John Freeman’s New Lit Mag Packs in High-Profile Writers

7 Oct

Freeman

John Freeman has a new literary magazine. The eponymous Freeman’s already it has the literary world buzzing. In the internet age where everyone and their long-lost brother publishes a lit mag, it’s rare that a new publication garners this much attention.

But this is John Freeman we’re talking about. While on the board of the National Book Critics Circle, the author and literary critic had been at the front and center of drawing attention to the diminished coverage of books in print media. As editor of Granta, he edited everyone from Chimamanda Adichie, Peter Carey, Colum McCann, Mary Gaitskill, Herta Muller, Richard Russo, and Salman Rushdie to Joshua Ferris.

Back then, I blogged about a panel on magazines that he moderated at McNally Jackson.

For a little background on Freeman’s departure from Granta and what he’d been up to before launching his own literary magazine, check out this Vogue article.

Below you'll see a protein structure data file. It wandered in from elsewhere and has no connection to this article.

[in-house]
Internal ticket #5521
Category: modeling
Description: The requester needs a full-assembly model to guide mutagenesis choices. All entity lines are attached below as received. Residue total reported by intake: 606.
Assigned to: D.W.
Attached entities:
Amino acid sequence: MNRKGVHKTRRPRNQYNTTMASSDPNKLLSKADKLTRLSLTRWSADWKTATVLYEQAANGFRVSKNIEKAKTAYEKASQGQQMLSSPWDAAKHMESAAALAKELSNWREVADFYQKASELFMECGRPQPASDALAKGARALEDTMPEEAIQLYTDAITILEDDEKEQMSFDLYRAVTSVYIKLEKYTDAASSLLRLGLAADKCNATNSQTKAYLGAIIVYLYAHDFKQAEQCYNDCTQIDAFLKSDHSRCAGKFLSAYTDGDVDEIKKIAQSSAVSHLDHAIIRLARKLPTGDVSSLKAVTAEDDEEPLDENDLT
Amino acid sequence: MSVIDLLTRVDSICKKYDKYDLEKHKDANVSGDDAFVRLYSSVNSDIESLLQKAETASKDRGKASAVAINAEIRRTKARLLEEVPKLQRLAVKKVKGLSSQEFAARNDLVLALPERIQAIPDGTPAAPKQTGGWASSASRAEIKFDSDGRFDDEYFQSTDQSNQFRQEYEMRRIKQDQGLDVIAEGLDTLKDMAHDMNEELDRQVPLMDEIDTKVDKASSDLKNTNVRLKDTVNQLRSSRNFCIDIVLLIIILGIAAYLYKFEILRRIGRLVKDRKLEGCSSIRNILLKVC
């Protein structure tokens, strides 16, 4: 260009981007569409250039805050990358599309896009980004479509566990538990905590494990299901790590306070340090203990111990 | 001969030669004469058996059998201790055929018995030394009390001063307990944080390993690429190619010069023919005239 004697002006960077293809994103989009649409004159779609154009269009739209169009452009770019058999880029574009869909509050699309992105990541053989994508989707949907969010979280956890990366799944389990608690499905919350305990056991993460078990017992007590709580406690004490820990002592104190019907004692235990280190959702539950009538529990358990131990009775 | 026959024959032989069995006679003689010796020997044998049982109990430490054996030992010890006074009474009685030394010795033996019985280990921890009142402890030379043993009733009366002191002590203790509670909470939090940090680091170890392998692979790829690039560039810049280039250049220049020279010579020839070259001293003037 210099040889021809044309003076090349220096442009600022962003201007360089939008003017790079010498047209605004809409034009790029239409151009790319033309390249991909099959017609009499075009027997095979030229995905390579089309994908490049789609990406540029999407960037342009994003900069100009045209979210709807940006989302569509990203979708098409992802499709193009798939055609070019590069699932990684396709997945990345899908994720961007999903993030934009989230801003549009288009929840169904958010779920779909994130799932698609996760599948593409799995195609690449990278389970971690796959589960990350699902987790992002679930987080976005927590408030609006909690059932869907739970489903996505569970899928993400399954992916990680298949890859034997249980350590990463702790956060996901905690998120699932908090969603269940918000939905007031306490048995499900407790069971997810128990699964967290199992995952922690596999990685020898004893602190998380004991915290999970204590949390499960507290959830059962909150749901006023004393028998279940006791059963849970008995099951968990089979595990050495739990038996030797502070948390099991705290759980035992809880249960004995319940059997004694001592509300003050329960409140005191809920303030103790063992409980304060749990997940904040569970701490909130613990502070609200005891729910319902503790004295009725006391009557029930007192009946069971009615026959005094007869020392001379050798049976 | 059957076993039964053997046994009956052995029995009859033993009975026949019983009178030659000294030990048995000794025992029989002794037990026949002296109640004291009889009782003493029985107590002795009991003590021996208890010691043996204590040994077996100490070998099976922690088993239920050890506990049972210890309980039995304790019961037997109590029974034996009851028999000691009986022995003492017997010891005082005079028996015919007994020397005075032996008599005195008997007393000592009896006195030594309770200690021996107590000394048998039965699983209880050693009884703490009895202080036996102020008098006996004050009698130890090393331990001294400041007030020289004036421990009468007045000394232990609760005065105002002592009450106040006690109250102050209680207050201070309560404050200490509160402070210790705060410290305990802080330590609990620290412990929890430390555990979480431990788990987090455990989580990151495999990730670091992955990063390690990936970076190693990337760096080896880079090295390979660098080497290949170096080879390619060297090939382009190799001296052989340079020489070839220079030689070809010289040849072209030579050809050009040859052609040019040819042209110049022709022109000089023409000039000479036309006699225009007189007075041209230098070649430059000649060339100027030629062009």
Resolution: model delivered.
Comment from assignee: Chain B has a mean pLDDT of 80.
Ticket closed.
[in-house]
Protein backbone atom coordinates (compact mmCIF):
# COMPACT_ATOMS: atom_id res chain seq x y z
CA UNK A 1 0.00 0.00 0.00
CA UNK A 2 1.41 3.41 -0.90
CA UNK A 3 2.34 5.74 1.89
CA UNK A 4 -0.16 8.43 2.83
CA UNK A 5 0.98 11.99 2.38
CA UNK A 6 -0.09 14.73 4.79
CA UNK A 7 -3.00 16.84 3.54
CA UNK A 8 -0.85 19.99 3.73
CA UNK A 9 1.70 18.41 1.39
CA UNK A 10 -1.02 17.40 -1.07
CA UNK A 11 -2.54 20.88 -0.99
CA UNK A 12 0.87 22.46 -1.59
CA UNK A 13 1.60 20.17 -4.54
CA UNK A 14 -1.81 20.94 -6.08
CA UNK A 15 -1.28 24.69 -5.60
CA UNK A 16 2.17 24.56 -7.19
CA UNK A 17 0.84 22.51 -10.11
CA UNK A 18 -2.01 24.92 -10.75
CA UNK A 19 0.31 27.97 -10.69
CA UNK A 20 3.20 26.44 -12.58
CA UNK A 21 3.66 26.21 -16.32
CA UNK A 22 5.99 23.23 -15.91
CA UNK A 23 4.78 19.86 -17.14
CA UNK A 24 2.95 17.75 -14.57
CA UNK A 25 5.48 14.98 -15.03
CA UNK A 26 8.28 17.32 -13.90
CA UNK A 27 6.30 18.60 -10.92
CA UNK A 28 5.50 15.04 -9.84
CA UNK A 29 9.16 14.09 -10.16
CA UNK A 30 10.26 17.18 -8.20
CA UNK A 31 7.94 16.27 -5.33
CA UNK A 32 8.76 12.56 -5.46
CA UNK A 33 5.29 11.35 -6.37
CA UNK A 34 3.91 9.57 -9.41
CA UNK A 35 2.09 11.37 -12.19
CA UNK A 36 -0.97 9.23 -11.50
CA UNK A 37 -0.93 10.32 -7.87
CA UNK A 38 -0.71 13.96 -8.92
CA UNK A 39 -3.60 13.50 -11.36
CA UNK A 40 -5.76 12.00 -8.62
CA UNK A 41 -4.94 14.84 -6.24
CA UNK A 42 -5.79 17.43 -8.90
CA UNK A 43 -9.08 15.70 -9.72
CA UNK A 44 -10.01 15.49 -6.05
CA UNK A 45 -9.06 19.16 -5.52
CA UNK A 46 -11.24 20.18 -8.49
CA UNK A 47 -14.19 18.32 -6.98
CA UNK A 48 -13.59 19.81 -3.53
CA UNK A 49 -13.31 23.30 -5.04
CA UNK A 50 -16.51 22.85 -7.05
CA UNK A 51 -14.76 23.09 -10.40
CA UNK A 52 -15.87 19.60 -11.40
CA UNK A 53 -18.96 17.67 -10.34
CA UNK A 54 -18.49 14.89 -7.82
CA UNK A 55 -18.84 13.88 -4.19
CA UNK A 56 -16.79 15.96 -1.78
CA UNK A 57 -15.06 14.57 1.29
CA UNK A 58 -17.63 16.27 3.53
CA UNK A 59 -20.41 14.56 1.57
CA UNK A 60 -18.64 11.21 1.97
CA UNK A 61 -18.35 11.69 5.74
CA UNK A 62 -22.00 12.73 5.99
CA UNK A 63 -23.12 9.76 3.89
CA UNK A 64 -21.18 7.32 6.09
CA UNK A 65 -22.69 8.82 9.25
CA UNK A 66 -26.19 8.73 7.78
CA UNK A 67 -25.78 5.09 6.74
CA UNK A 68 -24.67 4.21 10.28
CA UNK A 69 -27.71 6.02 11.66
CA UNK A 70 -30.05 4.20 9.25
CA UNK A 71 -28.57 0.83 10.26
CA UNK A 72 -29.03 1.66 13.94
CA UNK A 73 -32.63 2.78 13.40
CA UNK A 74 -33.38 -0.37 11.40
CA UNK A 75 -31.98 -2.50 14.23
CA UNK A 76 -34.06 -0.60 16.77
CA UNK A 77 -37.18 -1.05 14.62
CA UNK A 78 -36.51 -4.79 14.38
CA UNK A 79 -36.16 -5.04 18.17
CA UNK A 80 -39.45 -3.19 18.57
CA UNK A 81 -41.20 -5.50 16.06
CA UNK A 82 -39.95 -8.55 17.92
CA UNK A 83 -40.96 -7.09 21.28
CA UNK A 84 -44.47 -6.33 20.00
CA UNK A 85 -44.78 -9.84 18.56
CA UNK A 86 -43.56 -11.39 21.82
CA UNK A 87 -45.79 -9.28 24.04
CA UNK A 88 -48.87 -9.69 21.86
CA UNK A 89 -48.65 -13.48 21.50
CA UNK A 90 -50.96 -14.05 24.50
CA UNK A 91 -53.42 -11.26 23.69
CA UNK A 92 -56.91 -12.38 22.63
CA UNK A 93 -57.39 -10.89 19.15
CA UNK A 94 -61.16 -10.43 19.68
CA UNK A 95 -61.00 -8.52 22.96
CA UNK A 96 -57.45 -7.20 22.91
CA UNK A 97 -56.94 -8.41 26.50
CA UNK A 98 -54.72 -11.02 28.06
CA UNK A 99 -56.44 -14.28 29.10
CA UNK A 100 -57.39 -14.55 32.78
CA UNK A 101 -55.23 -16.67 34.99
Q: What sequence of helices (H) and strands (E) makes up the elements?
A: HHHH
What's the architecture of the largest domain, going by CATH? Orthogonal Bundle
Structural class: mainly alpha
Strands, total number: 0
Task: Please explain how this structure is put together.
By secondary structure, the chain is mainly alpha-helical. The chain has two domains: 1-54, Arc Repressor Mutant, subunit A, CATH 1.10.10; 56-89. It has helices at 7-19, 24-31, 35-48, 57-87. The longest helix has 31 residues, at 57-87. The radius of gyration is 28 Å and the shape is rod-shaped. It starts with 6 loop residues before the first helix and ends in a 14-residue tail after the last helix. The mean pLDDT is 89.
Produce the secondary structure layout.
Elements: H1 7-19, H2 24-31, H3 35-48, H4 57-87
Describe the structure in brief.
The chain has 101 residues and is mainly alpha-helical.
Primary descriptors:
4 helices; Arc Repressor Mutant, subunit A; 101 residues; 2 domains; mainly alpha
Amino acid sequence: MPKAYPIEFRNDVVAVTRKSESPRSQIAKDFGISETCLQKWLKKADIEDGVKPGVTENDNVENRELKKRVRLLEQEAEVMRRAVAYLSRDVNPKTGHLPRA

Freeman’s boasts no shortage of literary talent. The premiere issue, out this month, includes Lydia Davis, Dave Eggers, Louise Erdich, Haruki Murakami, and many other literary superstars. Here’s how it’s described on the Barnes & Noble website:

We live today in constant motion, traveling distances rapidly, small ones daily, arriving in new states. In this inaugural edition of Freeman’s, a new biannual of unpublished writing, former Granta editor and NBCC president John Freeman brings together the best new fiction, nonfiction, and poetry about that electrifying moment when we arrive.

Strange encounters abound. David Mitchell meets a ghost in Hiroshima Prefecture; Lydia Davis recounts her travels in the exotic territory of the Norwegian language; and in a Dave Eggers story, an elderly gentleman cannot remember why he brought a fork to a wedding. End points often turn out to be new beginnings. Louise Erdrich visits a Native American cemetery that celebrates the next journey, and in a Haruki Murakami story, an aging actor arrives back in his true self after performing a role, discovering he has changed, becoming a new person.

Featuring startling new fiction by Laura van den Berg, Helen Simpson, and Tahmima Anam, as well as stirring essays by Aleksandar Hemon, Barry Lopez, and Garnette Cadogan, who relearned how to walk while being black upon arriving in NYC, Freeman’s announces the arrival of an essential map to the best new writing in the world.

Sounds like a collector’s edition to me!

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